A Christ Figure: A Literary Analysis | Teen Ink

A Christ Figure: A Literary Analysis

February 2, 2008
By Anonymous

One Flew Over the Cuckoo’s Nest by Ken Kesey

Quote: They put the graphite salve on his temples. “What is it?” he says. “Conductant,” the technician says. “Anointest my head with conductant. Do I get a crown of thorns?” (Ken Kesey, One Flew Over the Cuckoo’s Nest)

Bromden and McMurphy are led to the electroshock room after they stood up for George, a fellow ward inhabitant, and assaulted the employees. As they anticipate the electroshock therapy, Bromden is nervous and afraid. However, McMurphy strangely expresses optimism despite the grave situation. The passage in which McMurphy gets prepared for the treatment clearly alludes to a martyr, specifically Jesus Christ. McMurphy even refers to himself as a Christ figure when he asks, “Do I get a crown of thorns?” McMurphy sacrifices himself for his friends in the wards. He gives up his own mind and life for Bromden, George, Billy, and the others so that they could have hope, a daring light breaking the austere darkness. Also, like Christ, McMurphy accepts his sacrifice with some sort of willingness, obligation, and tried optimism. Though McMurphy may not have been as polite as Christ would have (“Hooee, those Chinese Commies could have learned a few things from you, lady,” from McMurphy to Nurse Ratched), he admits his treatment somewhat graciously and definitely intrepidly.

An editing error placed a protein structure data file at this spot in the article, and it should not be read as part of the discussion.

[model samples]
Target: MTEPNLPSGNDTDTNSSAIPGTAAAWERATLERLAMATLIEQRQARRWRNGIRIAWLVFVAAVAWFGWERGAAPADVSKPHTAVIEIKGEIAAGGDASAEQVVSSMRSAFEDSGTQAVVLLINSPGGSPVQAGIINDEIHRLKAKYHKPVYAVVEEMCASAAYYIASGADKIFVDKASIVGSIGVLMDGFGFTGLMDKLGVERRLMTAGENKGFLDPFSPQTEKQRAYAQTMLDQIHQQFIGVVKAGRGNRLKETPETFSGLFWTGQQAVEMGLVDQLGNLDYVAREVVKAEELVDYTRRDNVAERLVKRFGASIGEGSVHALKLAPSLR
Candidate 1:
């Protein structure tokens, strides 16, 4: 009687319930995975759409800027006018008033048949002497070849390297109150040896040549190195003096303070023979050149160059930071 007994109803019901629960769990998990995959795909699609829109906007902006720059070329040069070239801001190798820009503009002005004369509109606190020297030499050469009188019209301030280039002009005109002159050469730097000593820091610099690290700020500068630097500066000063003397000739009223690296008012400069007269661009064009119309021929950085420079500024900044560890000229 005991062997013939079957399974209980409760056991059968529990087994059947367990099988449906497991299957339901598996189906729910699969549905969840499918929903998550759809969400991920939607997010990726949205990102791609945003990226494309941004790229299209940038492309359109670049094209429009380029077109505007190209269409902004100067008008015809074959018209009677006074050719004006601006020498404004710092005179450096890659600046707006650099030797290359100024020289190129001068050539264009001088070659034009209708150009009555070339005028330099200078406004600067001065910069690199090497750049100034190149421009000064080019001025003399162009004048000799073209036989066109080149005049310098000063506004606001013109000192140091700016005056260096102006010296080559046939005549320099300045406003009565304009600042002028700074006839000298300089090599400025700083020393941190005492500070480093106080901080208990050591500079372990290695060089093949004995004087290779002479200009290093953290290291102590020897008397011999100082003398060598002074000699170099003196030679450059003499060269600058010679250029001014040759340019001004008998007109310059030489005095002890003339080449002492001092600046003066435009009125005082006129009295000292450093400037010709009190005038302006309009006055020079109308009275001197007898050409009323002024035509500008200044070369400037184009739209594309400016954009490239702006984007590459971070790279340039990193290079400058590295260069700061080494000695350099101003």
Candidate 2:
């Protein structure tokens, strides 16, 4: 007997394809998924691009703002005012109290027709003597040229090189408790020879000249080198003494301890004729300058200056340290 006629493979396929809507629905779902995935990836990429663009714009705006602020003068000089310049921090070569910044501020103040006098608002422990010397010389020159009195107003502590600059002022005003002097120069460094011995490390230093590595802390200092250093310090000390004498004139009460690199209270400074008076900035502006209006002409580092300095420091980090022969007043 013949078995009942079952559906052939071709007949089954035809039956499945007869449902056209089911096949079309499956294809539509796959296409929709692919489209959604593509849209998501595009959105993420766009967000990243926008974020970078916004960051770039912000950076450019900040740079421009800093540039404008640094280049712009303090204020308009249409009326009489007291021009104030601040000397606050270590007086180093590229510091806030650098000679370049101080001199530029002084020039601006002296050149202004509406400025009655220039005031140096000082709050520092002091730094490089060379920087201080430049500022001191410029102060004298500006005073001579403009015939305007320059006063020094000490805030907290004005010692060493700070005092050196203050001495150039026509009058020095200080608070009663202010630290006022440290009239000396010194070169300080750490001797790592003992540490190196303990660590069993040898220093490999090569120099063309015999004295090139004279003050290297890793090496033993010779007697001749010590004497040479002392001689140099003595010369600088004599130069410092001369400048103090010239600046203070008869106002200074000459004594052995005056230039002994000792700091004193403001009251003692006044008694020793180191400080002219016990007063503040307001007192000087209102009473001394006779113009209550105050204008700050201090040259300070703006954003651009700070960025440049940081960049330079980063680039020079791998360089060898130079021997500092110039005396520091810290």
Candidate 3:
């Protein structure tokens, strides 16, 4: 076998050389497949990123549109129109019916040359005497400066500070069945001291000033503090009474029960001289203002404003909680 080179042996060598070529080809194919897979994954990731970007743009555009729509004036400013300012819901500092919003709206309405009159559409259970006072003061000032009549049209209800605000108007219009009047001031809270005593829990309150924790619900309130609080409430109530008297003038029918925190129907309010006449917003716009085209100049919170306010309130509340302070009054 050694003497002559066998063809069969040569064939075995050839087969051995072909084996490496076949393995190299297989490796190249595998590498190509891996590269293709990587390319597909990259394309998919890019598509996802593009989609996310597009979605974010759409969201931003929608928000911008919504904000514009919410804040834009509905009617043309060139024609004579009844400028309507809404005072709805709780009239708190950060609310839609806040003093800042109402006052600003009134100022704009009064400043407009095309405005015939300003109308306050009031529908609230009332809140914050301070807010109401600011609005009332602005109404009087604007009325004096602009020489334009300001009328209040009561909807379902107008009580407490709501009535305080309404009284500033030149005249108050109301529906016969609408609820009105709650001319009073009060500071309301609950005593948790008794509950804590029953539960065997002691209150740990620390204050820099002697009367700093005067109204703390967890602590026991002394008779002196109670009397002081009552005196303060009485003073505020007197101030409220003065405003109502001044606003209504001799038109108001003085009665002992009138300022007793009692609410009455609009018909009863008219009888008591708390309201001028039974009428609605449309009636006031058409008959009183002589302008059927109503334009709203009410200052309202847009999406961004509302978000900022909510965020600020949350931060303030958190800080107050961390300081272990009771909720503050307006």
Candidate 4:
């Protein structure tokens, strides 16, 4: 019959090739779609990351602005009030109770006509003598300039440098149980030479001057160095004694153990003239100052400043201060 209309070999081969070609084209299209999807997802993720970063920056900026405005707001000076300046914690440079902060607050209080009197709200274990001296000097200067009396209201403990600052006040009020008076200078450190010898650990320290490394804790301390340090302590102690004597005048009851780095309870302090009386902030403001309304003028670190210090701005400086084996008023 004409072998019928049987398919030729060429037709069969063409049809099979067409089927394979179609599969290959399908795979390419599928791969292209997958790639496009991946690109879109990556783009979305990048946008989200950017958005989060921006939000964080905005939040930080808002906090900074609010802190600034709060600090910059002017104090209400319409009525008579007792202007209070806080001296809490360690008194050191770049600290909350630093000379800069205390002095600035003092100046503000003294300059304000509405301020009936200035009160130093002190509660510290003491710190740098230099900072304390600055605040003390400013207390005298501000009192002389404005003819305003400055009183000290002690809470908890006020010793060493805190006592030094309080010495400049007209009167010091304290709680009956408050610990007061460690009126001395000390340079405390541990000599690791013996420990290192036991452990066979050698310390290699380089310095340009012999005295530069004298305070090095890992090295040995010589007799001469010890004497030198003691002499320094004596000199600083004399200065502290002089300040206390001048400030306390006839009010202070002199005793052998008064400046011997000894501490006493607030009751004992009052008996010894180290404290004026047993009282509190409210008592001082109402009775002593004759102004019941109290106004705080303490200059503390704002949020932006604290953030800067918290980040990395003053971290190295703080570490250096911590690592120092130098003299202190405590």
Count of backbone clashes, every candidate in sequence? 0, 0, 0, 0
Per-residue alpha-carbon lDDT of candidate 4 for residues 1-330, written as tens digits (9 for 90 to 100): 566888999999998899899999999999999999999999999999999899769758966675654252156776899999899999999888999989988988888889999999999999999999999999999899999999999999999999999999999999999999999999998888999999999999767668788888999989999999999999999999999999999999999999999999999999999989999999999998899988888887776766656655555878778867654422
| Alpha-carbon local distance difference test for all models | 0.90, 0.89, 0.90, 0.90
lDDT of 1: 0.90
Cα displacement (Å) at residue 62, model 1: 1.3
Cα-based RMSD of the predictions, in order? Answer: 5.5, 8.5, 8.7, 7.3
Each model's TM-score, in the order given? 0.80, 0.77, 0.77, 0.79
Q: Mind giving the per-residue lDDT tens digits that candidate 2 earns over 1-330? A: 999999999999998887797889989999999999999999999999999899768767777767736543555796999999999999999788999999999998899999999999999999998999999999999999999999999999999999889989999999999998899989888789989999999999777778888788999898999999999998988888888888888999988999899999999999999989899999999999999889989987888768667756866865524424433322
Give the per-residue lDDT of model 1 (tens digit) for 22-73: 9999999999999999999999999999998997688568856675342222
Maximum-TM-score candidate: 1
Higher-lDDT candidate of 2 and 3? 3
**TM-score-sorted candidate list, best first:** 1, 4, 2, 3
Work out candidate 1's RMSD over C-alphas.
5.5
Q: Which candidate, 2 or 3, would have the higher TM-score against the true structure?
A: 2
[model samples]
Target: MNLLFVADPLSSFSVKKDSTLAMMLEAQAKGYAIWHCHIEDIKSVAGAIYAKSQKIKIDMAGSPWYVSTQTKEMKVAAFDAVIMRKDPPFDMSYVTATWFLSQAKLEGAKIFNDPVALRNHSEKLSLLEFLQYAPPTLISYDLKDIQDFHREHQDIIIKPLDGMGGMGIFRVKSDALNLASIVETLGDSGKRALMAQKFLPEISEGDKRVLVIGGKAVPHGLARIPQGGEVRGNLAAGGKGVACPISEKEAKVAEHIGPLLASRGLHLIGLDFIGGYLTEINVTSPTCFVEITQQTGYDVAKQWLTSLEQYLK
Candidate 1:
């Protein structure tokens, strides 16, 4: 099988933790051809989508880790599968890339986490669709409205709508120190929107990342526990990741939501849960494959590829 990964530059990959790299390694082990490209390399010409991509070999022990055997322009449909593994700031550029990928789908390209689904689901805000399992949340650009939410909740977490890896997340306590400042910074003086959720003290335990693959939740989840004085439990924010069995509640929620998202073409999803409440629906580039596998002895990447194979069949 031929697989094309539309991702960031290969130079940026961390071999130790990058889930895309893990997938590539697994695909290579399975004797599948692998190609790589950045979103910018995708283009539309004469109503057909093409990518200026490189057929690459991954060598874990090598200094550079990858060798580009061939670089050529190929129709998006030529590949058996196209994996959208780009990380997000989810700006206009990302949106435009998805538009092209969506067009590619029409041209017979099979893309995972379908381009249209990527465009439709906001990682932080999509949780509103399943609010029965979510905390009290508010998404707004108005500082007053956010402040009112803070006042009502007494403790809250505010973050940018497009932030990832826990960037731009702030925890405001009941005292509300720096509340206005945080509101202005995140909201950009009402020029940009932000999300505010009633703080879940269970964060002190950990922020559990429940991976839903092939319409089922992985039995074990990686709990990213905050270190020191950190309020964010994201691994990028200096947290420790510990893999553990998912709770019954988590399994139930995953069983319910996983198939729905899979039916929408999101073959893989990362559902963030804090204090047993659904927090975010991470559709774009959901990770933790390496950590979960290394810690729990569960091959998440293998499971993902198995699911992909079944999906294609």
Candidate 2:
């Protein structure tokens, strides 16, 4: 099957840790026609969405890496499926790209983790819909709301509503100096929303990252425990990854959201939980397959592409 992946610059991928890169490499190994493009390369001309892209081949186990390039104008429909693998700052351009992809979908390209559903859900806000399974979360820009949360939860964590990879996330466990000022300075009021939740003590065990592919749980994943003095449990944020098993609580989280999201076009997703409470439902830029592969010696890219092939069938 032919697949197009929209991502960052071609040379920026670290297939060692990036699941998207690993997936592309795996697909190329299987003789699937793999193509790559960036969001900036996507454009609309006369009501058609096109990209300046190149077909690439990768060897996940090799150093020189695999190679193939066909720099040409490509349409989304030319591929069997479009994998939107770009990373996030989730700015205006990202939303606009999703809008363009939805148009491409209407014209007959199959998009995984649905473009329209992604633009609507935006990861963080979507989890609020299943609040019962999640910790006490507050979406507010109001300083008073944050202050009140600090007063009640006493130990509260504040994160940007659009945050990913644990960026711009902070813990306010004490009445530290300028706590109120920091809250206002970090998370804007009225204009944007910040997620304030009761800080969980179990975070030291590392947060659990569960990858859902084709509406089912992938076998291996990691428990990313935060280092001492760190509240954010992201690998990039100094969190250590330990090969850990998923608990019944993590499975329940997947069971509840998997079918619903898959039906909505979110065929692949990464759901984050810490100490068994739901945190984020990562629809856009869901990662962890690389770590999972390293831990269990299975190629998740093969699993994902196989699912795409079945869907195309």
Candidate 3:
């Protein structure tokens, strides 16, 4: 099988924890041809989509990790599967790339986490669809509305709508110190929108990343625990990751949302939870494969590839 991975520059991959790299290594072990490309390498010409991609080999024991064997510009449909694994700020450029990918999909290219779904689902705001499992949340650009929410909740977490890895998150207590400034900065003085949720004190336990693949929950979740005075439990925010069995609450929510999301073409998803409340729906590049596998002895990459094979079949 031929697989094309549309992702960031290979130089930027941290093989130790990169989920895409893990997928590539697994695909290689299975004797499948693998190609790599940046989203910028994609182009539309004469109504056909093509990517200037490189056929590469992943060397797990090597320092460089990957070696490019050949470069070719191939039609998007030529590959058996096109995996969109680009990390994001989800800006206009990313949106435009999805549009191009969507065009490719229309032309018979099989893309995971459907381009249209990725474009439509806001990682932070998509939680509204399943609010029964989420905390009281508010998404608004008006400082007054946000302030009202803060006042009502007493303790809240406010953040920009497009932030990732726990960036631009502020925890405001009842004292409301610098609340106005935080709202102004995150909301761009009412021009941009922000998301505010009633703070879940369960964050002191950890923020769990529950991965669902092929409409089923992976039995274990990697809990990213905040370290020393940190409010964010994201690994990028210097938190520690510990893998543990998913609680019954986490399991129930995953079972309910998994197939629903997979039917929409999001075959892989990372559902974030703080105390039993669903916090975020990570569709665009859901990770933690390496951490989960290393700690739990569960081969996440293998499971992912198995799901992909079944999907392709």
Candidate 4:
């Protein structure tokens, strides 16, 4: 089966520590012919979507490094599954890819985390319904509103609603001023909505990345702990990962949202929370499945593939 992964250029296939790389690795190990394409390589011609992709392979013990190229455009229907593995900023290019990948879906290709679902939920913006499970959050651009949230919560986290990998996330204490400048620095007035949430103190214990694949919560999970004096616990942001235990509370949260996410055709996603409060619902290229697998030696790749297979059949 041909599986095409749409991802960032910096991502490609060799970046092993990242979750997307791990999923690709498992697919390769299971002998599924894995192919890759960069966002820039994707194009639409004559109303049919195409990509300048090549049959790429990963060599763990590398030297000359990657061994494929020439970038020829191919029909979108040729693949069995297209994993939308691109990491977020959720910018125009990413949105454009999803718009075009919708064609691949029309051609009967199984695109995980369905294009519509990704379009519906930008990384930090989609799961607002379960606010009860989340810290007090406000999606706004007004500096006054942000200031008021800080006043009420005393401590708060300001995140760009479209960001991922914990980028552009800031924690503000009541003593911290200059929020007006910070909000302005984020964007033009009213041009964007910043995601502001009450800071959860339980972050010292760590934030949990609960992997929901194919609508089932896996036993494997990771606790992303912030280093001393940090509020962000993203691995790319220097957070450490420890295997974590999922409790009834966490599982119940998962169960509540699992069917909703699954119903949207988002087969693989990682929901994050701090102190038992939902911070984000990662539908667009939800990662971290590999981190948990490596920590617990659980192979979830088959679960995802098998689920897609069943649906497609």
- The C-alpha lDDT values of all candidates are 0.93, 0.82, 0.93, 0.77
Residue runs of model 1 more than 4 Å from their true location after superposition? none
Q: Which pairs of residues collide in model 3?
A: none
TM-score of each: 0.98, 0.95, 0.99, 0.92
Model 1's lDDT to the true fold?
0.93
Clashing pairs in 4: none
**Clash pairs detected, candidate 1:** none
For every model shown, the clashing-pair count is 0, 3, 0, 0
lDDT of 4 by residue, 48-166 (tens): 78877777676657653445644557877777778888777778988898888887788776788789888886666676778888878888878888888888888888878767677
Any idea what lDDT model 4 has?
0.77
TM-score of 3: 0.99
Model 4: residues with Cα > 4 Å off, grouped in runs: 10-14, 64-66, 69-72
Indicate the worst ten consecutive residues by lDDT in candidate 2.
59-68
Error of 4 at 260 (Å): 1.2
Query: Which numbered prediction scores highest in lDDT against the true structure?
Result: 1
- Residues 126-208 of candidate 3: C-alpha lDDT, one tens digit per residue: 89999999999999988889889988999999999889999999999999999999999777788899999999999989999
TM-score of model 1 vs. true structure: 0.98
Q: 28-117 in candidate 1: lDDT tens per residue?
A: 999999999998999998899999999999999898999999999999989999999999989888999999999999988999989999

He sings and “makes their (employees’) hands shake,” certainly intimidating the workers, which is true of Jesus when his responses and reactions intimidate his executor, Pilate. Kesey presents McMurphy as a strong figure but still vulnerable to pain as the reader can observe after he receives multiple shock therapies. He endures them as optimistically as he can, but Bromden can see that they weary him, just like how the lashing wearied Christ. Most people know the history of Jesus Christ, so the reader can foretell the ending of the story using the apparent allusions in the passage. In conclusion, the story forebodes McMurphy’s inevitable and important death, similar to that of Christ’s. His sacrifice essentially breaks limits within the ward, and in the bigger picture, within society as well.

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